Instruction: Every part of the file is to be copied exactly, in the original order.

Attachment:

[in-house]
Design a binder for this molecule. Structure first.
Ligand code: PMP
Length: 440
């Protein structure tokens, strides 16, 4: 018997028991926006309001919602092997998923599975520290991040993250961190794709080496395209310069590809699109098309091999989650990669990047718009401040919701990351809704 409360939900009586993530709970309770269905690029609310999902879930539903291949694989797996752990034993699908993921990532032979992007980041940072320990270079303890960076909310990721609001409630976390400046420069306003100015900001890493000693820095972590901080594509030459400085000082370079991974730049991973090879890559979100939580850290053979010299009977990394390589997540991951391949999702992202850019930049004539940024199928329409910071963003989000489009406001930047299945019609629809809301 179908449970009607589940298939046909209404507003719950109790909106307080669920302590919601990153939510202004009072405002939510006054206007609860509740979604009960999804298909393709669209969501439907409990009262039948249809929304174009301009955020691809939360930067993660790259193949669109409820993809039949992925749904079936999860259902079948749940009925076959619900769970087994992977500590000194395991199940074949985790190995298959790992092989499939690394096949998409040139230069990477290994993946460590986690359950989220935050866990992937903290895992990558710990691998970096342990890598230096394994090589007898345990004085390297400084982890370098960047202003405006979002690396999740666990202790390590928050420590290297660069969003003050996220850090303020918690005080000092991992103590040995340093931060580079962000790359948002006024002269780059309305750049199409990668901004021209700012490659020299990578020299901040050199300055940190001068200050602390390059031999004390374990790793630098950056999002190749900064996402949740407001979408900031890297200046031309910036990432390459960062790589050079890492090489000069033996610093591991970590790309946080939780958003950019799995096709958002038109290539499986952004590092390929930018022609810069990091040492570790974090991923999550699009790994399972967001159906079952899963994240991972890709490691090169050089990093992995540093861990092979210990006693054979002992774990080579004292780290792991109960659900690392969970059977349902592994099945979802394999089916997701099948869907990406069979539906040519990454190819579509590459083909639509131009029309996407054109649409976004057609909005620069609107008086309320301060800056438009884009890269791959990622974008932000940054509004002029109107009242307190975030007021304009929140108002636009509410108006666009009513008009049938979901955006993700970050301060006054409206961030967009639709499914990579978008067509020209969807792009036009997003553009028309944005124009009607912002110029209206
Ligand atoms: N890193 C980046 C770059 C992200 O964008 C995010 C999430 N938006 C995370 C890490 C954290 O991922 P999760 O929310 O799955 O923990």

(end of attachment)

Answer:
[in-house]
Design a binder for this molecule. Structure first.
Ligand code: PMP
Length: 440
């Protein structure tokens, strides 16, 4: 018997028991926006309001919602092997998923599975520290991040993250961190794709080496395209310069590809699109098309091999989650990669990047718009401040919701990351809704 409360939900009586993530709970309770269905690029609310999902879930539903291949694989797996752990034993699908993921990532032979992007980041940072320990270079303890960076909310990721609001409630976390400046420069306003100015900001890493000693820095972590901080594509030459400085000082370079991974730049991973090879890559979100939580850290053979010299009977990394390589997540991951391949999702992202850019930049004539940024199928329409910071963003989000489009406001930047299945019609629809809301 179908449970009607589940298939046909209404507003719950109790909106307080669920302590919601990153939510202004009072405002939510006054206007609860509740979604009960999804298909393709669209969501439907409990009262039948249809929304174009301009955020691809939360930067993660790259193949669109409820993809039949992925749904079936999860259902079948749940009925076959619900769970087994992977500590000194395991199940074949985790190995298959790992092989499939690394096949998409040139230069990477290994993946460590986690359950989220935050866990992937903290895992990558710990691998970096342990890598230096394994090589007898345990004085390297400084982890370098960047202003405006979002690396999740666990202790390590928050420590290297660069969003003050996220850090303020918690005080000092991992103590040995340093931060580079962000790359948002006024002269780059309305750049199409990668901004021209700012490659020299990578020299901040050199300055940190001068200050602390390059031999004390374990790793630098950056999002190749900064996402949740407001979408900031890297200046031309910036990432390459960062790589050079890492090489000069033996610093591991970590790309946080939780958003950019799995096709958002038109290539499986952004590092390929930018022609810069990091040492570790974090991923999550699009790994399972967001159906079952899963994240991972890709490691090169050089990093992995540093861990092979210990006693054979002992774990080579004292780290792991109960659900690392969970059977349902592994099945979802394999089916997701099948869907990406069979539906040519990454190819579509590459083909639509131009029309996407054109649409976004057609909005620069609107008086309320301060800056438009884009890269791959990622974008932000940054509004002029109107009242307190975030007021304009929140108002636009509410108006666009009513008009049938979901955006993700970050301060006054409206961030967009639709499914990579978008067509020209969807792009036009997003553009028309944005124009009607912002110029209206
Ligand atoms: N890193 C980046 C770059 C992200 O964008 C995010 C999430 N938006 C995370 C890490 C954290 O991922 P999760 O929310 O799955 O923990």